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Guy Livingstone; or, 'Thorough'   By: (1827-1876)

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"Neque imbellem feroces Progenerant aquilæ columbam."

It is not a pleasant epoch in one's life, the first forty eight hours at a large public school. I have known strong minded men of mature age confess that they never thought of it without a shiver. I don't count the home sickness, which perhaps only affects seriously the most innocent of débutants , but there are other thousand and one little annoyances which make up a great trouble. If there were nothing else, for instance, the unceasing query, "What's your name?" makes you feel the possession of a cognomen at all a serious burden and bar to advancement in life.

A dull afternoon toward the end of October; the sky a neutral tint of ashy gray; a bitter northeast wind tearing down the yellow leaves from the old elms that girdle the school close of ; a foul, clinging paste of mud and trampled grass blades under foot, that chilled you to the marrow; a mob of two hundred lower boys, vicious with cold and the enforcement of keeping goal through the first football match of the season in the midst, I, who speak to you, feeling myself in an eminently false position there's the mise en scène .

My small persecutors had surrounded me, but had hardly time to settle well to their work, when one of the players came by, and stopped for an instant to see what was going on. The match had not yet begun.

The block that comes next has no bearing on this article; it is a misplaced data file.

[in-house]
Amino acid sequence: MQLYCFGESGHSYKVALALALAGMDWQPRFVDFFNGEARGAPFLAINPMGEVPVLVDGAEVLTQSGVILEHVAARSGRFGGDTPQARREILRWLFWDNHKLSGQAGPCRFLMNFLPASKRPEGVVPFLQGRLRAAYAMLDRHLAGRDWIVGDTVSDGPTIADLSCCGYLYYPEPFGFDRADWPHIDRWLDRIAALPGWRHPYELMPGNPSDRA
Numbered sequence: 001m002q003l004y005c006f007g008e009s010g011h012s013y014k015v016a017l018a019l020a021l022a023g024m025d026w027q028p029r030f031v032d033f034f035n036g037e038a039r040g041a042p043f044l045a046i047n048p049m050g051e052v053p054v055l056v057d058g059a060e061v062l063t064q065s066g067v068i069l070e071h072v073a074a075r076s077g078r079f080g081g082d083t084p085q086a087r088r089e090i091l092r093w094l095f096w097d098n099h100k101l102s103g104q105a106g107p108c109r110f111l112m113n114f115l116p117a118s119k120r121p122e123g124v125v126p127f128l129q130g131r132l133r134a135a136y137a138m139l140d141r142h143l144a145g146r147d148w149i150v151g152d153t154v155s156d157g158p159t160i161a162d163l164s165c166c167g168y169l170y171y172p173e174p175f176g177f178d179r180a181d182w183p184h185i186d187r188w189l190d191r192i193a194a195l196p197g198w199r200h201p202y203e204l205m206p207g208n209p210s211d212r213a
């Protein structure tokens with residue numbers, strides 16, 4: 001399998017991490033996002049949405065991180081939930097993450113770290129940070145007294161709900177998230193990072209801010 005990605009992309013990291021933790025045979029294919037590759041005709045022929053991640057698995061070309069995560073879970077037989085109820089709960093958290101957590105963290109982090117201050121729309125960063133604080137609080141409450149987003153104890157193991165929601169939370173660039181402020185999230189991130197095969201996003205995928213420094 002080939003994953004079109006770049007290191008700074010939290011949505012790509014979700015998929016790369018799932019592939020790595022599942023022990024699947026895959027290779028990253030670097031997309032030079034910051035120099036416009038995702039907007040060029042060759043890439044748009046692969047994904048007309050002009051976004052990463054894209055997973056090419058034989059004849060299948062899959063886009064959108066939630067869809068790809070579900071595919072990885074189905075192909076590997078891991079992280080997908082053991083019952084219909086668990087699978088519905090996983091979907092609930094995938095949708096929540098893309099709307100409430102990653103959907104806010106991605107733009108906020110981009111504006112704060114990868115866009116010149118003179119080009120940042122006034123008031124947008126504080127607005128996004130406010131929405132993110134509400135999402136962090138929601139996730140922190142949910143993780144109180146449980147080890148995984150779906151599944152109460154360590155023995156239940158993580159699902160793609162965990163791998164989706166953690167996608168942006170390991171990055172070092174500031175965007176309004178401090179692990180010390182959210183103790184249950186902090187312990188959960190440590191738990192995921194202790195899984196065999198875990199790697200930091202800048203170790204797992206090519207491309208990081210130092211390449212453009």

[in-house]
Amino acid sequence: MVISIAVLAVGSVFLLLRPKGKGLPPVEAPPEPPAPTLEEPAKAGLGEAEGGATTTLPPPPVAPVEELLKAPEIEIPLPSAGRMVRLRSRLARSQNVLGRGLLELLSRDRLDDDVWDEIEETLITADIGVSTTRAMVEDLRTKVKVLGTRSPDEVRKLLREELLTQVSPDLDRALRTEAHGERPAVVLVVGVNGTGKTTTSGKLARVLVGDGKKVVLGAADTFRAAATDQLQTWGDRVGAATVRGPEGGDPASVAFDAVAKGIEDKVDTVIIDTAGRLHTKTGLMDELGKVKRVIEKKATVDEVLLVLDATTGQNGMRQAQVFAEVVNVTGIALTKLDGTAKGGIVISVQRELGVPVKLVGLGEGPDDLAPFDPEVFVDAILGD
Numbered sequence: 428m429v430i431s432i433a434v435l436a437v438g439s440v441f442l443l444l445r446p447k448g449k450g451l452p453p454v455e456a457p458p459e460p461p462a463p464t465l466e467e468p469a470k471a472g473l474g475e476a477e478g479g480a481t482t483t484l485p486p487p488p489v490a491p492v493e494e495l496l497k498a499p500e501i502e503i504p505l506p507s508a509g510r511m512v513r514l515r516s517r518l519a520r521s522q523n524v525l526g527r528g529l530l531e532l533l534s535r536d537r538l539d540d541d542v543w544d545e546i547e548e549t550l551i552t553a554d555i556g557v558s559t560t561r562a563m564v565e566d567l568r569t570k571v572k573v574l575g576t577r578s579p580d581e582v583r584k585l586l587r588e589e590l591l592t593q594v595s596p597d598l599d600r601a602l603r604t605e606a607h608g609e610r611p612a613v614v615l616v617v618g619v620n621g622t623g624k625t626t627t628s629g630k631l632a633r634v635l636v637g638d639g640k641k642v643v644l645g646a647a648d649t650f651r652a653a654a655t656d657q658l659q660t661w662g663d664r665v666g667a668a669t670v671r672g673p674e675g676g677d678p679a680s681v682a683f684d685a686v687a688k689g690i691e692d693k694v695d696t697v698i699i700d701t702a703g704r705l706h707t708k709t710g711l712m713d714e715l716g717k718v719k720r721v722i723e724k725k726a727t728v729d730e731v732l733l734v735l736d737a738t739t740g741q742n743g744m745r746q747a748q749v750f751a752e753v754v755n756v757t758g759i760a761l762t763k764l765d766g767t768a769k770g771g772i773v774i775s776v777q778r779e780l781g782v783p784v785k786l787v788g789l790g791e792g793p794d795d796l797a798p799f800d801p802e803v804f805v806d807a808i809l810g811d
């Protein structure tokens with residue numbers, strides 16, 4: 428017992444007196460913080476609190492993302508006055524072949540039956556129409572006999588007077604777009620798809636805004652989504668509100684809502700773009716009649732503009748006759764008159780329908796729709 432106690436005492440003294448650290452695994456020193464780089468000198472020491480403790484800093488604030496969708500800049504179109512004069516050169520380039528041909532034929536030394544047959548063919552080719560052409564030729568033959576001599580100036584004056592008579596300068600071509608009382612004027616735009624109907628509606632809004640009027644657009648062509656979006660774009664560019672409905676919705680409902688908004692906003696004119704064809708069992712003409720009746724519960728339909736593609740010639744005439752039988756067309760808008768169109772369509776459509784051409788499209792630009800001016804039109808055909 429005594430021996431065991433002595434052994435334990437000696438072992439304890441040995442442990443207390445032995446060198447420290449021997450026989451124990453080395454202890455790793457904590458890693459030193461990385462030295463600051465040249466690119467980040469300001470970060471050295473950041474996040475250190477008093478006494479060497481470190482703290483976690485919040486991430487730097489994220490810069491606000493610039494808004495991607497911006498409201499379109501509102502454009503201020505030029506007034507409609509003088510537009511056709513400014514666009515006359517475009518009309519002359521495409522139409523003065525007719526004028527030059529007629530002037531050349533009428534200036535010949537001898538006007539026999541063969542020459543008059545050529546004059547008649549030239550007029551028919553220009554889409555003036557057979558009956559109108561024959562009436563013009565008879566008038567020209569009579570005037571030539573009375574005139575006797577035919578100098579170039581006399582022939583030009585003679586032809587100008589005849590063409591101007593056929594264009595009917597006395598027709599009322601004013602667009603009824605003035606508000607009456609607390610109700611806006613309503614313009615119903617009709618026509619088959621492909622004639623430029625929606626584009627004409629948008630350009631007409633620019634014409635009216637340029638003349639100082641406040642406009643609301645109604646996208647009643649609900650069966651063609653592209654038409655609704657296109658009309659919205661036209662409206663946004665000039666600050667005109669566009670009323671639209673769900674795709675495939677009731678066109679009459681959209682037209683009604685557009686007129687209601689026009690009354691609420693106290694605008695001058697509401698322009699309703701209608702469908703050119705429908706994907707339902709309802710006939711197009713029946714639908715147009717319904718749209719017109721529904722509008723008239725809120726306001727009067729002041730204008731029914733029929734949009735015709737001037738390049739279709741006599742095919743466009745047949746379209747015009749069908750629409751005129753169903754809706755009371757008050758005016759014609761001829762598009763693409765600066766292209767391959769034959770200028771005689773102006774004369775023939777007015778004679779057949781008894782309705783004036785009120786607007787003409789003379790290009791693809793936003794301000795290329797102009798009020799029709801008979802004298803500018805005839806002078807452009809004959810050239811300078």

There was nothing which interested him much apparently, for he was passing on, when my despondent answer to the everlasting question caught his ear. He turned round then

"Any relation to Hammond of Holt?"

I replied, meekly but rather more cheerfully, that he was my uncle.

"I know him very well," the new comer said. "Don't bully him more than you can help, you fellows; I'll wait for you after calling over, Hammond. I should like to ask you about the squire."

He had no time to say more, for just then the ball was kicked off, and the battle began. I saw him afterward often during that afternoon, always in the front of the rush or the thick of the scrimmage, and I saw, too, more than one player limp out of his path disconsolately, trying vainly to dissemble the pain of a vicious "hack."

I'll try to sketch Guy Livingstone as he appeared to me then, at our first meeting.

He was about fifteen, but looked fully a year older, not only from his height, but from a disproportionate length of limb and development of muscle, which ripened later into the rarest union of activity and strength that I have ever known. His features were very dark and pale, too strongly marked to be called handsome; about the lips and lower jaw especially there was a set sternness that one seldom sees before the beard is grown. The eyes were very dark gray, nearly black, and so deeply set under the thick eyebrows that they looked smaller than they really were; and I remember, even at that early age, their expression, when angered, was any thing but pleasant to meet. His dress was well adapted for displaying his deep square chest and sinewy arms a close fitting jersey, and white trowsers girt by a broad black belt; the cap, orange velvet, fronted with a silver Maltese cross.

The few words he had spoken worked an immediate change in my favor. I heard one of my tormentors say, not without awe, "The Count knows his people at home;" and they not only left me in peace, but, a little later, some of them began to tell me of a recent exploit of Guy's, which had raised him high in their simple hero worship, and which, I dare say, is still enumerated among the feats of the brave days of old by the fags over their evening small beer.

To appreciate it, you must understand that the highest form in the school the sixth were regarded by the fags and other subordinate classes with an inexpressible reverence and terror... Continue reading book >>

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